By Mark Tran / Guardian 01:35pm
July proved to a good month for the US army's recruitment target. This branch of the US armed forces has struggled to meet its recruitment targets but last month it signed up 8,085 new recruits, beating its target of 7,450.
Still, when the army finishes its financial year on 30 September it is expected to be 7,000 short of its 80,000 recruiting goal. With public support for the war in Iraq steadily dropping, the army chief of staff, General Peter Schoomaker, tells the San Francisco Chronicle that next year "may be the toughest recruiting environment ever."
That's no surprise when the army is up against the likes of Cindy Sheehan, who is camped outside George Bush's Texas ranch in protest at the death of her son in Iraq. Media coverage of returning casualties from Iraq, such as this powerful piece in the Washington Post does the US army no favours either.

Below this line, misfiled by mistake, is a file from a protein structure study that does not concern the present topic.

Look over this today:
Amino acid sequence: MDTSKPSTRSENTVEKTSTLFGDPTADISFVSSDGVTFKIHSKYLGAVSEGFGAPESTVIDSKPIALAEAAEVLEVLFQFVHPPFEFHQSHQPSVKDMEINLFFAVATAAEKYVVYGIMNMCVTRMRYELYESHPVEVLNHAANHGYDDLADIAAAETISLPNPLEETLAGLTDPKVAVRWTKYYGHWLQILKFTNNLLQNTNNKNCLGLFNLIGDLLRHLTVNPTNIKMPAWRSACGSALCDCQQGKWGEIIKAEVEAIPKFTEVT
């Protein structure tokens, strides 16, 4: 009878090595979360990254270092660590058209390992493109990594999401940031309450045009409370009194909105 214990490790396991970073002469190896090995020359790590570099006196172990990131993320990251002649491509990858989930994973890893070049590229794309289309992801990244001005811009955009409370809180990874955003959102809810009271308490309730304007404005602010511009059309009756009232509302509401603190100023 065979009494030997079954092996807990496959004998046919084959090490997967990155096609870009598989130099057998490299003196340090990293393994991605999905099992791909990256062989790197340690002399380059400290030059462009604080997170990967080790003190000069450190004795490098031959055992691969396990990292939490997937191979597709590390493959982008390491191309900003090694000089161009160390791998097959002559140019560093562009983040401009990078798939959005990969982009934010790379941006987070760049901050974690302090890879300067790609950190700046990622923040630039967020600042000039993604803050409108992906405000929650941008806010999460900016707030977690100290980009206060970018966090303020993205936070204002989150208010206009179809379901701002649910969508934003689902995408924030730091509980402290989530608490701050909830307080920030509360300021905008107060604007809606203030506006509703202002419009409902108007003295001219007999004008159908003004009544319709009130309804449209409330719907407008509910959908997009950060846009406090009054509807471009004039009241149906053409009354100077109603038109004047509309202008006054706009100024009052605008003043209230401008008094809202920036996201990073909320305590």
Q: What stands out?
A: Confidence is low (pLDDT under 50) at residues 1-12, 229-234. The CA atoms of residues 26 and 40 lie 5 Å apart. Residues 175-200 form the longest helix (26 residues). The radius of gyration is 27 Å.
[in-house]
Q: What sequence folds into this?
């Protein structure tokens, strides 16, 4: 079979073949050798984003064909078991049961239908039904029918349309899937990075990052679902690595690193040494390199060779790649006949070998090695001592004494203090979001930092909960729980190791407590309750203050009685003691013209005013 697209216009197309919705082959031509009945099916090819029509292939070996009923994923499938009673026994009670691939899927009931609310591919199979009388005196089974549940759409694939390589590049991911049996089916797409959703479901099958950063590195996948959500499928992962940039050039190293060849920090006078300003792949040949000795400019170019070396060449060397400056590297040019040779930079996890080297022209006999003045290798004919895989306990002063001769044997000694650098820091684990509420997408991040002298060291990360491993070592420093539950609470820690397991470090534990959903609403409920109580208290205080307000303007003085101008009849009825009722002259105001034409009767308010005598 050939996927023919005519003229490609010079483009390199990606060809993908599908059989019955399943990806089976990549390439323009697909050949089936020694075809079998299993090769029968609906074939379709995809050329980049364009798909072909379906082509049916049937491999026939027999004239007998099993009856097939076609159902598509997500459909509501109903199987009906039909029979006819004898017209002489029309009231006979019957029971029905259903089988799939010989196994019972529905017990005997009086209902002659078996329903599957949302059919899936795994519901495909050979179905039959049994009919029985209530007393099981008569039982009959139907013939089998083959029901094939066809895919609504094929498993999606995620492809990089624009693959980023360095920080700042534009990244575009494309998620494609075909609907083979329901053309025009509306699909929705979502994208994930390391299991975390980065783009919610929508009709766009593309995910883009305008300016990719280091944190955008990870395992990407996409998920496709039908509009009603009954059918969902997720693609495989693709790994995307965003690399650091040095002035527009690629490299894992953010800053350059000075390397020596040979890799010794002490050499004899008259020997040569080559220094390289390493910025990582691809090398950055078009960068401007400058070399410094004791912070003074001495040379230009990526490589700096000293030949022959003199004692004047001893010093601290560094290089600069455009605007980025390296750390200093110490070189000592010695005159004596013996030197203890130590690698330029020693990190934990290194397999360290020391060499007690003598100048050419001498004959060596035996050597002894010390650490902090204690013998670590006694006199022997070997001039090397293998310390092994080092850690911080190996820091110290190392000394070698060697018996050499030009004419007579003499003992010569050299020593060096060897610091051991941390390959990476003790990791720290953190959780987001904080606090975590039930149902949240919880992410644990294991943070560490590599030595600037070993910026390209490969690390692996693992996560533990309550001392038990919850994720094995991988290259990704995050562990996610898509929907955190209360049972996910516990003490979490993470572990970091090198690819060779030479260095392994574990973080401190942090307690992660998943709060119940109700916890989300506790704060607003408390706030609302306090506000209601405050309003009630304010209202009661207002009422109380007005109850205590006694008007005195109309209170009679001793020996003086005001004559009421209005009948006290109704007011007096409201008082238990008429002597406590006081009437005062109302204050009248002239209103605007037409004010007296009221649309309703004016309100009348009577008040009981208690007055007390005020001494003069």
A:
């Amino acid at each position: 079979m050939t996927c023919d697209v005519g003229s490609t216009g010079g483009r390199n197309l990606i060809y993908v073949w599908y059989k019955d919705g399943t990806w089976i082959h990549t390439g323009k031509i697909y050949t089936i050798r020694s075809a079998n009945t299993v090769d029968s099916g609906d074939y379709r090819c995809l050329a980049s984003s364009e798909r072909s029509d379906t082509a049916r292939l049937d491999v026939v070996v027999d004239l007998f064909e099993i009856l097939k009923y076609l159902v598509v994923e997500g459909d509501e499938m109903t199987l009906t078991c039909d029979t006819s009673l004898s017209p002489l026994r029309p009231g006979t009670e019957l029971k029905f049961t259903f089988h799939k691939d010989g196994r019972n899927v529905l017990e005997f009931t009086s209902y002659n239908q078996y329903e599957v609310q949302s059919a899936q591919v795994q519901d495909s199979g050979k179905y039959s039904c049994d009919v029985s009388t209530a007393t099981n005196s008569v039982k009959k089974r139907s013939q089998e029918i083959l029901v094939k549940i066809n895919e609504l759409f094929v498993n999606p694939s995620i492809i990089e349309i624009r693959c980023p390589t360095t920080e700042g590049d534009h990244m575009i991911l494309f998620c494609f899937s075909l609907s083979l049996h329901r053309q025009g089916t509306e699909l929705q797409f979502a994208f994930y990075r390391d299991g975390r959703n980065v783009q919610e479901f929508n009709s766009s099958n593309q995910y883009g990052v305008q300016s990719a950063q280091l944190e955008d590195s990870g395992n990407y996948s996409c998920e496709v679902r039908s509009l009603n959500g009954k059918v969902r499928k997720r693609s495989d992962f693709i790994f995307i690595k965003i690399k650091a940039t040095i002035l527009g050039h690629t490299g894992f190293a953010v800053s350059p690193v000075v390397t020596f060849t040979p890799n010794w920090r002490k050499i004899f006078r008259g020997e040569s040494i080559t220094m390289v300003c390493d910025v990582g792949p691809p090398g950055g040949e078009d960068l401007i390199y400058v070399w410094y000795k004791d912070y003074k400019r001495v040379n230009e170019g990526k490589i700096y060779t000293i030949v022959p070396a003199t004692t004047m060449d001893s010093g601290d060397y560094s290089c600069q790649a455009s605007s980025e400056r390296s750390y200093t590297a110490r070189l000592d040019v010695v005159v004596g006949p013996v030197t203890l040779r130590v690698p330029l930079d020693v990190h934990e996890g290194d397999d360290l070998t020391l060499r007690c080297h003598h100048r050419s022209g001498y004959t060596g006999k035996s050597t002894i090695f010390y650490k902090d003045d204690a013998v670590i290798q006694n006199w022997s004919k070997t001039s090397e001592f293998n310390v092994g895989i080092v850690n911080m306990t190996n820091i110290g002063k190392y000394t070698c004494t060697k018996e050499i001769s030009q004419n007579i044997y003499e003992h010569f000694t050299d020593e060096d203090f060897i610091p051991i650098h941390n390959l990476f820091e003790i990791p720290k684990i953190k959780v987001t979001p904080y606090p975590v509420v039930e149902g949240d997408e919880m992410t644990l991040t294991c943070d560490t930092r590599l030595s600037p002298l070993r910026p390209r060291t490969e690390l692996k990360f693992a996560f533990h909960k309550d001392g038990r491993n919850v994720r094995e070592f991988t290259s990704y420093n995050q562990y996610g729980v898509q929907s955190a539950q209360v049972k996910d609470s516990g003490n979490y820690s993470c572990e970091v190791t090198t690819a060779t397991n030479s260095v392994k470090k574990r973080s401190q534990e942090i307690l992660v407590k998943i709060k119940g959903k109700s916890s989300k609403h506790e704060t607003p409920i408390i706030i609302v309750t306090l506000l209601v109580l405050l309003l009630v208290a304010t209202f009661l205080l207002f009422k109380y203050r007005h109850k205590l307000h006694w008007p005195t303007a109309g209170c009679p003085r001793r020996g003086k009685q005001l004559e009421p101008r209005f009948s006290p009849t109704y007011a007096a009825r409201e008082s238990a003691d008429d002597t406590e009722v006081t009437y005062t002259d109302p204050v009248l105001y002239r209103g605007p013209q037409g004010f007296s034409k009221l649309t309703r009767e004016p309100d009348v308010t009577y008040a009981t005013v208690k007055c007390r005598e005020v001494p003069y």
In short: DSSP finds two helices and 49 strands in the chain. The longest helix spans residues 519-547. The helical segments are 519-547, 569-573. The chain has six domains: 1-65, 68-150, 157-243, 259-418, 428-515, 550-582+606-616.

Given this unpromising context, Business Week reports that the army will spend more money on recruitment ads next year, about $320m up from $240m this year. As it helpfully points out this amounts to $4,000 per recruit if the army signs up 80,000 next year - more than twice what Toyota spends to woo a new customer.
Because of my avocation and my hopes to shortly kick back the rat race to someone else's lap and start living the high life off commercial voiceover revenues, this article caught my eye.
Toyota ads are all over the place and they sell millions of cars nationwide each year. The Army is going to spend more than Toyota for a few measly dozen thousands? Will the recruits get that cool "employee pricing" on hospital beds and coffins? How about body armor? Any chance that will be thrown in as an option? Can a recruit lease, rather than buy? You know, trade it in for a brand new war in two years, maybe in Iran? What's the warranty? Can they haggle, you know, maybe get free undercoating, or at least an extra M-16? I mean, if I'm going to sign up for a war, I want to get all the candy!
I thought we were in a fiscal crisis? Maybe if they stopped, you know, fighting in Iraq, they could save some money on recruitment?